This series consists of talks in the areas of Particle Physics, High Energy Physics & Quantum Field Theory.
The particle physics community is bubbling with excitement since the recent discovery in the cosmic radiation of a positron and electron excess at high energy. This may be the first indirect hint that dark matter particles wander in the halo of the Milky Way. However, these species do not seem to have the expected properties. I will review the various pieces of that puzzle and present a status report of the current developments in that fast moving field.
It is well known that new physics at the electroweak scale could solve important puzzles in cosmology, such as the nature of dark matter and the origin of the cosmic baryon asymmetry. In this talk, I discuss some of the simplest, non-supersymmetric possibilities, their collider signatures, and the prospects for their discovery and identification at the LHC.
s-channel resonances are predicted by many models of Physics Beyond the Standard Model and it is quite possible that such an object will be discovered in the early years of the LHC program. If this occurs, the task will be to understand its origins. A brief survey of models that predict s-channel resonances will be given, concentrating mainly on extra neutral gauge bosons (Z' 's) arising from extended gauge theories. This will be followed by a description of how to search for a Z' and the resulting Z' discovery reach of the LHC.
I will revisit the phenomenology of the radion graviscalar in warped extra dimensions. This particle could be the lightest 'new physics' state to be discovered at the LHC in this type of models. Its phenomenology is very similar to the Standard Model (SM) Higgs, another potentially light scalar particle with which it could actually mix. When SM fields are moved from the boundary to the bulk of the extra dimension, new interesting effects appear in the scalar sector of the model.
The ATLAS experiment at the Large Hadron Collider (LHC) at CERN is completing final preparations for first high energy collisions in 2009. This talk will cover: the physics motivation of the LHC, highlights of the ATLAS experiment, commissioning, and prospects for new physics discoveries ahead.
An electroweak model in which the masses of the W and Z bosons and the fermions are generated by quantum loop graphs through a symmetry breaking of the vacuum is investigated. The model is based on a regularized quantum field theory in which the quantum loop graphs are finite to all orders of perturbation theory and the massless theory is gauge invariant, Poincaré invariant, and unitary to all orders. The breaking of the electroweak symmetry SUL(2) × UY (1) is achieved without a Higgs particle.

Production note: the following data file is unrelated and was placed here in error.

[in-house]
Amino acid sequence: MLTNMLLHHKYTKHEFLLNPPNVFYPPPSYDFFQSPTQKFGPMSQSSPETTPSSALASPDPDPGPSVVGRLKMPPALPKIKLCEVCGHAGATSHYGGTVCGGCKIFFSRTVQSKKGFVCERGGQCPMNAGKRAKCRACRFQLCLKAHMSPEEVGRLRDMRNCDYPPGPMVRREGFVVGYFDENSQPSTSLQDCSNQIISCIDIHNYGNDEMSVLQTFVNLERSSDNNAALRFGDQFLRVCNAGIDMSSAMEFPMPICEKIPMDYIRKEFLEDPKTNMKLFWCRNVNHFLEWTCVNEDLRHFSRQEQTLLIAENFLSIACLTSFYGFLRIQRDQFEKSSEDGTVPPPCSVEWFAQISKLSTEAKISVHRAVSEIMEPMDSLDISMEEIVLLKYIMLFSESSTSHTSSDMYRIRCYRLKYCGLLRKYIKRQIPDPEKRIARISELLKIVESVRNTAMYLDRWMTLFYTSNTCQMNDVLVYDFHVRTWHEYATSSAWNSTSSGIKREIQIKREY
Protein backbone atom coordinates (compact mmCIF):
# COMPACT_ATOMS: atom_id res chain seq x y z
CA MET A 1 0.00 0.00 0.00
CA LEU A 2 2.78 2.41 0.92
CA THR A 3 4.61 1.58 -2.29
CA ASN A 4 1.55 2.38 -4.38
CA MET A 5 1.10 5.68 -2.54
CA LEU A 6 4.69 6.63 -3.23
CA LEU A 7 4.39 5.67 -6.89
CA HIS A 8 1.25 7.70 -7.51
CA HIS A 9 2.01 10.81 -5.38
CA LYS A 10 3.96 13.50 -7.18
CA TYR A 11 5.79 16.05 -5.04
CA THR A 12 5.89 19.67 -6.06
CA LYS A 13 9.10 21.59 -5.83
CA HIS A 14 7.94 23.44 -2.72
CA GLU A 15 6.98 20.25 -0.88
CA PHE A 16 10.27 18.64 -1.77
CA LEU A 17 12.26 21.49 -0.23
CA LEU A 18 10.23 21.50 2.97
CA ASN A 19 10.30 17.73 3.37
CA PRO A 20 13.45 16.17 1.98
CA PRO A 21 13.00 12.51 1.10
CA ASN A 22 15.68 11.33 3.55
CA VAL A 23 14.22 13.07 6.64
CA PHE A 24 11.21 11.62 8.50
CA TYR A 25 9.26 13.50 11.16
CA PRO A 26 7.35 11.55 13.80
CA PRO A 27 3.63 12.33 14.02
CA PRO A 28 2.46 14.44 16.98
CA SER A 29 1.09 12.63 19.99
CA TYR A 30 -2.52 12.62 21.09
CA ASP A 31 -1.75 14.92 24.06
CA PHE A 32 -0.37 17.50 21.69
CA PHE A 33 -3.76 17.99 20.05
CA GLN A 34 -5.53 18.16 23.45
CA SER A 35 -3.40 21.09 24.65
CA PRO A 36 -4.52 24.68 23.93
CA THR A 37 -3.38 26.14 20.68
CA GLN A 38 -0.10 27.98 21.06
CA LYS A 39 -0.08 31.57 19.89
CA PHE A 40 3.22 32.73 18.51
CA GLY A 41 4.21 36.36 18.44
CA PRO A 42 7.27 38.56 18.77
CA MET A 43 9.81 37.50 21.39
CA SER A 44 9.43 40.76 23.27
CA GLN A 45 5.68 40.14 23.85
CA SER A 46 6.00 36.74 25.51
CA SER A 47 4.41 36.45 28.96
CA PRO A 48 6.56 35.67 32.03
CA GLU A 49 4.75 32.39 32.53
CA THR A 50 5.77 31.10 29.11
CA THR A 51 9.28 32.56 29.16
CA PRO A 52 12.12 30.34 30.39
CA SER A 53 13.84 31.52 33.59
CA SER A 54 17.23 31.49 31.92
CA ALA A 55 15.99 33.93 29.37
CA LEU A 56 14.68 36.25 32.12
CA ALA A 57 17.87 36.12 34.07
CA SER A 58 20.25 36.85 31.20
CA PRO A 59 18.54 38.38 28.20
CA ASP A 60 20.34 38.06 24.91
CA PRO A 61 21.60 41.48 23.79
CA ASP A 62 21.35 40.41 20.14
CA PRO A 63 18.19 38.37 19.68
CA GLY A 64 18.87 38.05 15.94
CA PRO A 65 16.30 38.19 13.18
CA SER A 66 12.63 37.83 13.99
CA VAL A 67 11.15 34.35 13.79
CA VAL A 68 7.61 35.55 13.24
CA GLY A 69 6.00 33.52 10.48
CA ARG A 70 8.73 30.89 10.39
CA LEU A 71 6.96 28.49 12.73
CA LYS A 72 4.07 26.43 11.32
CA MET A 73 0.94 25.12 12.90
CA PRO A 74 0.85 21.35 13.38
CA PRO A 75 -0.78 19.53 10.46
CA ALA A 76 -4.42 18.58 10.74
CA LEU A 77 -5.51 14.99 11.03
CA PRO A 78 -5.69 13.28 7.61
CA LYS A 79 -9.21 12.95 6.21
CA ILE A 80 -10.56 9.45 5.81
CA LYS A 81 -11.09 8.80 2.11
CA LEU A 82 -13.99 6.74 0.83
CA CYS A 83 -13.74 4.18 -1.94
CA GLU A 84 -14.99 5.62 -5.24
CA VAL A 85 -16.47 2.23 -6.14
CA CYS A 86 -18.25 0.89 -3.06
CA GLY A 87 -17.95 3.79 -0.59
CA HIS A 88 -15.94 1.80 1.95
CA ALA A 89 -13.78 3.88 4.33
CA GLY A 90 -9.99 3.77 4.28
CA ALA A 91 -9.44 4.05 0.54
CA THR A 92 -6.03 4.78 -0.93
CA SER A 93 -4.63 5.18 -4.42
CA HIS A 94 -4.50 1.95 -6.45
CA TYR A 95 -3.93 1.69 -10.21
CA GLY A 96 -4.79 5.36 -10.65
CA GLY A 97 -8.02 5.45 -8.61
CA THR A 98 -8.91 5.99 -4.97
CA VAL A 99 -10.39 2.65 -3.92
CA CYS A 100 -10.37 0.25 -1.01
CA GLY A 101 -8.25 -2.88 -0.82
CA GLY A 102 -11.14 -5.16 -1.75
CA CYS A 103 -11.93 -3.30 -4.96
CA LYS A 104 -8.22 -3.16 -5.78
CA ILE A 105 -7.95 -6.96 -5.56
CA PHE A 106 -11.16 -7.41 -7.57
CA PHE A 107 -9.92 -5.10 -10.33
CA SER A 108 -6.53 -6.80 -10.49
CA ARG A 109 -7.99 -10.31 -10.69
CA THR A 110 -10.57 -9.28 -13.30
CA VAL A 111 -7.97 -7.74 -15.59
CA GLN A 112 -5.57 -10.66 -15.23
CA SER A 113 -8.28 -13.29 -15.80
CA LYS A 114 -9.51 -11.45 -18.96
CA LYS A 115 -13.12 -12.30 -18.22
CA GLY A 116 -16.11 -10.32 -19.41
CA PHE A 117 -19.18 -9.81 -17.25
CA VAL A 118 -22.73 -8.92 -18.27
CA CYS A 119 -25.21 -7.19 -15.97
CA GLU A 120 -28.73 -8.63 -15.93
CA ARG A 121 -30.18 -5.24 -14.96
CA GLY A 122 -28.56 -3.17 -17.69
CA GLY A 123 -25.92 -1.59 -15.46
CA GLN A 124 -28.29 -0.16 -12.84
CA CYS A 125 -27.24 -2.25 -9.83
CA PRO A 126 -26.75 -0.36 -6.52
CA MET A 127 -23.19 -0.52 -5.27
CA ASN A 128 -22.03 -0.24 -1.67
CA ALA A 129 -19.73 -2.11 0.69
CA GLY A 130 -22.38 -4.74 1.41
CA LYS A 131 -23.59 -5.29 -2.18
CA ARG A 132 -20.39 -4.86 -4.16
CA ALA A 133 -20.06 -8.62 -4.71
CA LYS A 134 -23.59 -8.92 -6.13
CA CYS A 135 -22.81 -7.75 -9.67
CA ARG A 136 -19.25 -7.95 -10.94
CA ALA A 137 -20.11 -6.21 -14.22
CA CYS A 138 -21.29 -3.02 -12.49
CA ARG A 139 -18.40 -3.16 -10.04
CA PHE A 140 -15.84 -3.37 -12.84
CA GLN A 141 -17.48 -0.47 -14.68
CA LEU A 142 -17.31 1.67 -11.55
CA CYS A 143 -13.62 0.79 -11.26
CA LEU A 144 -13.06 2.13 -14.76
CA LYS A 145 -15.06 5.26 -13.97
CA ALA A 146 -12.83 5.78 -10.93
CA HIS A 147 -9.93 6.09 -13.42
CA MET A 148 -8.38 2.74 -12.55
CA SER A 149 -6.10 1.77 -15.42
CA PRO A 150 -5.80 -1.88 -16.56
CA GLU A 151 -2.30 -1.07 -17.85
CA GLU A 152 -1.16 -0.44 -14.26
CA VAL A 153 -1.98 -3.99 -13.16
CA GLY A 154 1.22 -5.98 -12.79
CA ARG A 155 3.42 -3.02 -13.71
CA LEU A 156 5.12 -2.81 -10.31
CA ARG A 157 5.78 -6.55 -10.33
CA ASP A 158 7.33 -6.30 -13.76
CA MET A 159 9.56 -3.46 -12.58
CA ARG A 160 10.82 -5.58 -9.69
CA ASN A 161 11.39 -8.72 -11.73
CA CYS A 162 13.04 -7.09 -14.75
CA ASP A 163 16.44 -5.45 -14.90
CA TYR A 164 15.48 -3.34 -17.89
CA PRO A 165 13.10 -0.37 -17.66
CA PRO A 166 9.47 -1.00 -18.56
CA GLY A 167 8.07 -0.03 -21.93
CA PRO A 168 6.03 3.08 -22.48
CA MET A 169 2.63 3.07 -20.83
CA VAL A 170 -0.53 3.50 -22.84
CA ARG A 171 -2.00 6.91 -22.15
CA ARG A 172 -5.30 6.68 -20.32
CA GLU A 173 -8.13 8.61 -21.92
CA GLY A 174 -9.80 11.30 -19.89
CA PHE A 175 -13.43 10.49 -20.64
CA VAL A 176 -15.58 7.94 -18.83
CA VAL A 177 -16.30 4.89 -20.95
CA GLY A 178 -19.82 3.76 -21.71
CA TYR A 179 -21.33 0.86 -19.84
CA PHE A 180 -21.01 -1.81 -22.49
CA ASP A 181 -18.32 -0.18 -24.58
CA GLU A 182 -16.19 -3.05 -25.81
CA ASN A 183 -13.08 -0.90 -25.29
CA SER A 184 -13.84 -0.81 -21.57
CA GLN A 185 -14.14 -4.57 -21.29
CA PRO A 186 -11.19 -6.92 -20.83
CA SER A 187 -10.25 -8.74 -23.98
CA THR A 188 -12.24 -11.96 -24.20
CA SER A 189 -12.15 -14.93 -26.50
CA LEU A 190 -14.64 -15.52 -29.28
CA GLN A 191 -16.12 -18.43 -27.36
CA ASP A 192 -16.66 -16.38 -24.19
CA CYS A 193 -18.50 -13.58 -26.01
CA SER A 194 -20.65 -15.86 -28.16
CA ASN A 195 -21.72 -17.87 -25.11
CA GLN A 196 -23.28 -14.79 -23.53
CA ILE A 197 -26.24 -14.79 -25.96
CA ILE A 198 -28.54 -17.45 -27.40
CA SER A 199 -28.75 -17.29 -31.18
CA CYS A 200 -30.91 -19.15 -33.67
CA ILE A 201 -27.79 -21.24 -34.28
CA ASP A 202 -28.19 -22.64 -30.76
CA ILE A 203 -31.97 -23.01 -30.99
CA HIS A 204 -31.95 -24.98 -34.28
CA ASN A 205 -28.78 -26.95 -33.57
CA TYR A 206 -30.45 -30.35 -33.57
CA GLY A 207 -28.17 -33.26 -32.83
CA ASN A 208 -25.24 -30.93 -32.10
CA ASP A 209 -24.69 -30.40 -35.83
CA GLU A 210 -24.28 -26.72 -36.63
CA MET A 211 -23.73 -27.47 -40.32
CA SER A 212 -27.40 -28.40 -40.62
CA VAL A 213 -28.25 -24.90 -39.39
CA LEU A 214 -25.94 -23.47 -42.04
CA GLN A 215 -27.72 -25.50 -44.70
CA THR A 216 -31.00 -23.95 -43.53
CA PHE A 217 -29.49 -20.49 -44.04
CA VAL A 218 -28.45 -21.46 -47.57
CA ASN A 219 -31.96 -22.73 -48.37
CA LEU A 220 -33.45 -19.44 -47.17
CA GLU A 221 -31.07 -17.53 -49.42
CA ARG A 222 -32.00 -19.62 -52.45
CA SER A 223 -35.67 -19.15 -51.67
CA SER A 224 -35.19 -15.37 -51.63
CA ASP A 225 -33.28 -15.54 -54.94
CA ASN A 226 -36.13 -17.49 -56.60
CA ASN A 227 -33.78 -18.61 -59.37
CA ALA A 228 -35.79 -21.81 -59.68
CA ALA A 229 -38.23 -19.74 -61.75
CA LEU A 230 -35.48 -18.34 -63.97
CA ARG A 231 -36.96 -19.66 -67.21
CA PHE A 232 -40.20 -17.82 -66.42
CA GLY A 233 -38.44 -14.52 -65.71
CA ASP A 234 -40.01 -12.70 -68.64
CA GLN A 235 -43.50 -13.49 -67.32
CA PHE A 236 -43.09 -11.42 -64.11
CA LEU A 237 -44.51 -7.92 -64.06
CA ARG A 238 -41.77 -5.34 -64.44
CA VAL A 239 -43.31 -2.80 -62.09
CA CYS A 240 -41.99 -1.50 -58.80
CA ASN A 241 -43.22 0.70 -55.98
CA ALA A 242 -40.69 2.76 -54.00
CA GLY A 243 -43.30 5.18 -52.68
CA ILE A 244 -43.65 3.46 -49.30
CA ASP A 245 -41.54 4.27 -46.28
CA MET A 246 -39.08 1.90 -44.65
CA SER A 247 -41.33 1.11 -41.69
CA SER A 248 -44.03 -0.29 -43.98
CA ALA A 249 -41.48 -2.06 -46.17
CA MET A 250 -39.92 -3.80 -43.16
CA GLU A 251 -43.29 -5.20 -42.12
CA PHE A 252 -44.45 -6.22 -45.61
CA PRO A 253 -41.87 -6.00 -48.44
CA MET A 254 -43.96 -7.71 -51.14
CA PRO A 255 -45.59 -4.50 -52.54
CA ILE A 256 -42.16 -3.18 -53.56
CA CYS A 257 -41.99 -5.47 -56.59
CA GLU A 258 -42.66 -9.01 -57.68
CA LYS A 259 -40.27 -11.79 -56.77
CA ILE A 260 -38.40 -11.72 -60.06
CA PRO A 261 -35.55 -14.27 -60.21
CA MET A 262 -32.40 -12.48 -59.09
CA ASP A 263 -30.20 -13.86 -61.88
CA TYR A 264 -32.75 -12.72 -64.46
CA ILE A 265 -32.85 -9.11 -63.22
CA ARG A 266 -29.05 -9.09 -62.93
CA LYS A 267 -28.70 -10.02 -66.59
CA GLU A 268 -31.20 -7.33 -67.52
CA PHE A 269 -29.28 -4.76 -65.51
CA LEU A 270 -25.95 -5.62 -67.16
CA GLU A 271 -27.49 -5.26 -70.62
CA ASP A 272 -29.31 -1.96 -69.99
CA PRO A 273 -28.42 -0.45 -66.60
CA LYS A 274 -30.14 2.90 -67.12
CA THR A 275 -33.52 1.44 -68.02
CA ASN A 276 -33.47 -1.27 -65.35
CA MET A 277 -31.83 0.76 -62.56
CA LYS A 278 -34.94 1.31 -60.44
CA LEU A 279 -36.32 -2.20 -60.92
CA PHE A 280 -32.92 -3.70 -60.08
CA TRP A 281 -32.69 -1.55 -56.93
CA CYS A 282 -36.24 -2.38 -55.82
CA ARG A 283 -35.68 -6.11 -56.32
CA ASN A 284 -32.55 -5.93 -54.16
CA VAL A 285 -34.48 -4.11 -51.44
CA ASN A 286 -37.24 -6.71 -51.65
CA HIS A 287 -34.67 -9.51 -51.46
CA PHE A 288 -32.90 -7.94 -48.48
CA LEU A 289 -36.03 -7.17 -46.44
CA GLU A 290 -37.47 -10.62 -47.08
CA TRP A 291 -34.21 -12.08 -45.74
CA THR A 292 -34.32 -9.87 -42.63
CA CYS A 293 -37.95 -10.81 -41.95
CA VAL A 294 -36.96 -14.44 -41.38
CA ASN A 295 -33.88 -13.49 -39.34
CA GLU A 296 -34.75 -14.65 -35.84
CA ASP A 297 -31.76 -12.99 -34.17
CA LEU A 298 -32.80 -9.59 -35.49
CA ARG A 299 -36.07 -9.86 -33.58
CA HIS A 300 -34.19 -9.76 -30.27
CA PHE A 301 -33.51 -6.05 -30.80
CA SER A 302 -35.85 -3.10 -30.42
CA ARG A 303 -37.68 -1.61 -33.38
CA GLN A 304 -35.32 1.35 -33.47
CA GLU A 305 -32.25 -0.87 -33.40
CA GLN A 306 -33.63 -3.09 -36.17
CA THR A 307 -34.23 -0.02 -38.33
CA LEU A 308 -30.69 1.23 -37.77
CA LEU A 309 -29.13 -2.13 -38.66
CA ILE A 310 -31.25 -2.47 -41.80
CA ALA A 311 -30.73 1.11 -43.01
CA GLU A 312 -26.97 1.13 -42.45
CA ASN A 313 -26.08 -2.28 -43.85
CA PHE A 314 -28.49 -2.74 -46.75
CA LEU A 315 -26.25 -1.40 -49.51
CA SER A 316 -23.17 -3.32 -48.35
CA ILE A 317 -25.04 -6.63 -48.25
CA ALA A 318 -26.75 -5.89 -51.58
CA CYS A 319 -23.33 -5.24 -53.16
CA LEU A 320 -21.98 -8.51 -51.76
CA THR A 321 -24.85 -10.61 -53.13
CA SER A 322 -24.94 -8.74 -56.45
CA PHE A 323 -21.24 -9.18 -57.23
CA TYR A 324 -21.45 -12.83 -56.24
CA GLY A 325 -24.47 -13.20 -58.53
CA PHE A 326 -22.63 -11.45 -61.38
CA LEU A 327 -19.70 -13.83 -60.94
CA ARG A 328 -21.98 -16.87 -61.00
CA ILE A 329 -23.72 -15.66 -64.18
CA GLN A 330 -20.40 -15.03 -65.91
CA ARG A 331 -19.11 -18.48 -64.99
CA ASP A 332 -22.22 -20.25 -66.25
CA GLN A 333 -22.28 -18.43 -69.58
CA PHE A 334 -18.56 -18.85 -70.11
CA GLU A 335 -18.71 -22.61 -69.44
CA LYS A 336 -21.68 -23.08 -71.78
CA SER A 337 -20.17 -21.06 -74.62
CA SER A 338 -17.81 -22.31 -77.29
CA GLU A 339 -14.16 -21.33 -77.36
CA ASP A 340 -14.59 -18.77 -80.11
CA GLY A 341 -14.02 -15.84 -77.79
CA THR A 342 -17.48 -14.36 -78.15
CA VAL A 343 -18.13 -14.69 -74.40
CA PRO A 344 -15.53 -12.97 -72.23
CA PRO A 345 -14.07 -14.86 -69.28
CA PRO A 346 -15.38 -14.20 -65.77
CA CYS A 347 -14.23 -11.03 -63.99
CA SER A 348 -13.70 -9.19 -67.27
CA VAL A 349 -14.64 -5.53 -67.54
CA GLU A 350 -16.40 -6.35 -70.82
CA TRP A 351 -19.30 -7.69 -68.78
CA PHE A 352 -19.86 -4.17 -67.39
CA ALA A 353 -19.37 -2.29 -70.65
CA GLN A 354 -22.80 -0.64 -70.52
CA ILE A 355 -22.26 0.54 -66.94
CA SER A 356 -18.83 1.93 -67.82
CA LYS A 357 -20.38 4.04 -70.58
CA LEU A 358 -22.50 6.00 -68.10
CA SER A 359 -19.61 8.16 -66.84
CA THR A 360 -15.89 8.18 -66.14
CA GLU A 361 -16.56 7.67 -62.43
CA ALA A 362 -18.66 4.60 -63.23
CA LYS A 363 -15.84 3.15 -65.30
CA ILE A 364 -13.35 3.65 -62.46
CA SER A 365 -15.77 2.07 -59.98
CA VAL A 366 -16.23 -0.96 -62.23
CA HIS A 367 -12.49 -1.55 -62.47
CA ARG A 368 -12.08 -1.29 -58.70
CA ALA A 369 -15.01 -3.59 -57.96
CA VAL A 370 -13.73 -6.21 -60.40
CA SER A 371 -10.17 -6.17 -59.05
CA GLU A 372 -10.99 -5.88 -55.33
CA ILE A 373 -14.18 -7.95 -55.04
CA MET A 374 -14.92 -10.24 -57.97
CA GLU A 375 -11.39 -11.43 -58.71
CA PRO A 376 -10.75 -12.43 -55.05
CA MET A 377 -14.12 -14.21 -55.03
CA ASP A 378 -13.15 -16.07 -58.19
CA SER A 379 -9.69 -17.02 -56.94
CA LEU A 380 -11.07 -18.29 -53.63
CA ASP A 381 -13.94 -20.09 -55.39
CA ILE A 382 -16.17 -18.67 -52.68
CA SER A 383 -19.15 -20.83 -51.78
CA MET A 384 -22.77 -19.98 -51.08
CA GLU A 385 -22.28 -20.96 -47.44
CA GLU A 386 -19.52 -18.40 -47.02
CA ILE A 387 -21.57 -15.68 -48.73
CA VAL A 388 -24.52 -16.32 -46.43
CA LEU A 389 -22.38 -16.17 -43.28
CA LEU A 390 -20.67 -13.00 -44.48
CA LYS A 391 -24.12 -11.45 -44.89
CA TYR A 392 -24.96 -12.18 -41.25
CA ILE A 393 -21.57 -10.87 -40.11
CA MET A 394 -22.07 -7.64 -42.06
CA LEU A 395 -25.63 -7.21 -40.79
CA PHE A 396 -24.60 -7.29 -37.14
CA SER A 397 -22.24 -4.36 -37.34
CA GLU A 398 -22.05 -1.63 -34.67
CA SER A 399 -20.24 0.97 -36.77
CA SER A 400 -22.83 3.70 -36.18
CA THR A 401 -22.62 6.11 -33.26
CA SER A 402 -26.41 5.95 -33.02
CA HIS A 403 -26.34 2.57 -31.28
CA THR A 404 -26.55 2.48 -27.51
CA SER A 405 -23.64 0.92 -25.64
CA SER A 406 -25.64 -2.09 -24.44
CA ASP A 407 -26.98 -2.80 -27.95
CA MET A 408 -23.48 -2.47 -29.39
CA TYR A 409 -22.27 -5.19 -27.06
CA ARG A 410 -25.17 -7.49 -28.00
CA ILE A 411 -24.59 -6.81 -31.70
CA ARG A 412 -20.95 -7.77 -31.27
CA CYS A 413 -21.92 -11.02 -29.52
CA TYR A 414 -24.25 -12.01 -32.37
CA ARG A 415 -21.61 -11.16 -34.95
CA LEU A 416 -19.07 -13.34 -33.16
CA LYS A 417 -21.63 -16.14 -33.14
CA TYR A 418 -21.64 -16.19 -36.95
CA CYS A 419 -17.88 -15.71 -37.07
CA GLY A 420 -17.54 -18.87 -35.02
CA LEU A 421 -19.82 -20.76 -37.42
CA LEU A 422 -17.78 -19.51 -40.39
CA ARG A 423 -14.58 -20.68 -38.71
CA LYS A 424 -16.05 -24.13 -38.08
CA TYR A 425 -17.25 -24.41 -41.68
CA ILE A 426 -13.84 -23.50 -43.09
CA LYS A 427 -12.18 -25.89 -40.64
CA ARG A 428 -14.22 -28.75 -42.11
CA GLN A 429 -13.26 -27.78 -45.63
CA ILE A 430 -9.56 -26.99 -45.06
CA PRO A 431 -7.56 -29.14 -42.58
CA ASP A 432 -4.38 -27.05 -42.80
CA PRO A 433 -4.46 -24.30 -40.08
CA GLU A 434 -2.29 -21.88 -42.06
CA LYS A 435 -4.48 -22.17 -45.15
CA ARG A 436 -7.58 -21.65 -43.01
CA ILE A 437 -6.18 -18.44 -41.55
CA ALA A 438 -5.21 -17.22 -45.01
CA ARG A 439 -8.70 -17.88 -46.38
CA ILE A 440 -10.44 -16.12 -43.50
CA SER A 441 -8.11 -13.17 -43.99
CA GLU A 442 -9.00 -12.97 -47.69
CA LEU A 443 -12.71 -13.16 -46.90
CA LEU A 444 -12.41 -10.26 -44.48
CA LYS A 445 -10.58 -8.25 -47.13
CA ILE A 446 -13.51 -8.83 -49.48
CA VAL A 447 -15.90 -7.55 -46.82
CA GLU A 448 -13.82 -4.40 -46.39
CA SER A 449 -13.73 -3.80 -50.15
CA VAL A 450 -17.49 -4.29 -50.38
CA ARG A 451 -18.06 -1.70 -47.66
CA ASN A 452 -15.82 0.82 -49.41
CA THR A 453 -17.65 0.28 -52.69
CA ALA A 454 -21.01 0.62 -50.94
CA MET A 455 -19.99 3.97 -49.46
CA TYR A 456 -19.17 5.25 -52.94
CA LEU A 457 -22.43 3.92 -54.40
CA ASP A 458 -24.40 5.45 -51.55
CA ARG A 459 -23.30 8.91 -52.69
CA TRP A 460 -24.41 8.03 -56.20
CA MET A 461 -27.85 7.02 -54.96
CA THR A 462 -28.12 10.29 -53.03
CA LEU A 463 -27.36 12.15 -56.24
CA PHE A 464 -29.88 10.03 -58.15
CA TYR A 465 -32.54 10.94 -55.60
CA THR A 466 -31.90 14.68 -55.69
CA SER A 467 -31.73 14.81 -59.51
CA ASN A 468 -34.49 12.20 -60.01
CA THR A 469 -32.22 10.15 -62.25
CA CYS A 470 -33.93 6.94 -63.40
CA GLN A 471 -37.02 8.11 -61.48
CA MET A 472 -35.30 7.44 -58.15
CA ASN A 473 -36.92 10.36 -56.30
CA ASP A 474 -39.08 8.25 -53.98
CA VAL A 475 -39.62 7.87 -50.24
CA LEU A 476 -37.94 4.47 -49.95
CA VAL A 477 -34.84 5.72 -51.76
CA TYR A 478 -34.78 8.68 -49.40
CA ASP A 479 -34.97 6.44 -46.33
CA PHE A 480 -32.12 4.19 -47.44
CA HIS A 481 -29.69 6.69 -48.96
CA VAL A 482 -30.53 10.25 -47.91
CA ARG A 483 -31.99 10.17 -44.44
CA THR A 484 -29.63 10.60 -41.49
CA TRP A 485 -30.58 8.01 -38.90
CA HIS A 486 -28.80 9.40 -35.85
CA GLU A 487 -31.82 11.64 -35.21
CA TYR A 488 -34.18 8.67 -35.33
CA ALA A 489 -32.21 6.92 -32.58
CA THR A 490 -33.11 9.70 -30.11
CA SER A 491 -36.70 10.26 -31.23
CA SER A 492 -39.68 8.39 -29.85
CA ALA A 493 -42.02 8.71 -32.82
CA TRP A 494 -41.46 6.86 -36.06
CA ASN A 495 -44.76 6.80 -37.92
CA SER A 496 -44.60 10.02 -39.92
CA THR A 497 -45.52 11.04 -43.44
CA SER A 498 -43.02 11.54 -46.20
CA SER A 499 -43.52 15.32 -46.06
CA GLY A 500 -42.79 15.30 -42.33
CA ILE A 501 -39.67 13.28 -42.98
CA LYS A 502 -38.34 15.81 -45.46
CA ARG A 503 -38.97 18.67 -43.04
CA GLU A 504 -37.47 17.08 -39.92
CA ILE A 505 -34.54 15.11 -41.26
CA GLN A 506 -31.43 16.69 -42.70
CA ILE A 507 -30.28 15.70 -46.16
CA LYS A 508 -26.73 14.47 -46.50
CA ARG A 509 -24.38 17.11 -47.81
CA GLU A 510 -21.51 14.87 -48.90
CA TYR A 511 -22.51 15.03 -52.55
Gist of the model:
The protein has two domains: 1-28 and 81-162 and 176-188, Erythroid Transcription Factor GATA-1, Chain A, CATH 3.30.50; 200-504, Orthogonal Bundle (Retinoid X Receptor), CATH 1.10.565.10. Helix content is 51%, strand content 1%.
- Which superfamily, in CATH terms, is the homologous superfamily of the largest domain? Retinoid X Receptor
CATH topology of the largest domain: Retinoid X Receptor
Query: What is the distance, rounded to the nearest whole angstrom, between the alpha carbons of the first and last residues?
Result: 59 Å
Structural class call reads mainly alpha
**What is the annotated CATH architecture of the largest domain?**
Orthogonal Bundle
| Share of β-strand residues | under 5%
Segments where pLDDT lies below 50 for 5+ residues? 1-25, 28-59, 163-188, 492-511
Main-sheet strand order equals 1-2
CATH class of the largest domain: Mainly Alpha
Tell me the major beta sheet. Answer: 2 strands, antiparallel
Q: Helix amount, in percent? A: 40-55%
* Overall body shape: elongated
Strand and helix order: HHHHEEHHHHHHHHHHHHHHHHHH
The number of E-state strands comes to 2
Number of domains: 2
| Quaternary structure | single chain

Over the last two years, the Compact Muon Solenoid (CMS) detector has been installed in the tunnel of the Large Hadron Collider (LHC) at CERN and commissioned to its full functionality. The CMS detector successfully collected beam halo and beam dump data, while the beams were circulating in the LHC in September 2008. After the LHC incident, the commissioning of CMS continued with a one month campaign of continuous cosmic rays data taking at nominal magnetic field. This allowed further tuning of the detector, consolidation of its operation and characterization of its performances.
The PAMELA satellite-borne experiment was launched from the Baikonur cosmodrome on the 15th of June 2006. It has been collecting data since July 2006. The instrument is composed of a silicon-microstrip magnetic spectrometer, a time-of-flight system, a silicon-tungsten electromagnetic calorimeter, an anticoincidence system, a shower tail counter scintillator and a neutron detector. The primary scientific goal is the measurement of the antiproton and positron energy spectrum in order to search for exotic sources, such as dark matter particle annihilations.
The warped geometry present in Randall-Sundrum (RS) models provides an elegant means by which to generate stable scale hierarchies. Given the famous hierarchy problem of the Standard Model, and the relatively small number of known mechanisms which may solve it, the RS model has deservedly received a lot of attention. However the construction of a completely realistic RS model remains difficult and requires a number of modifications beyond the minimal framework.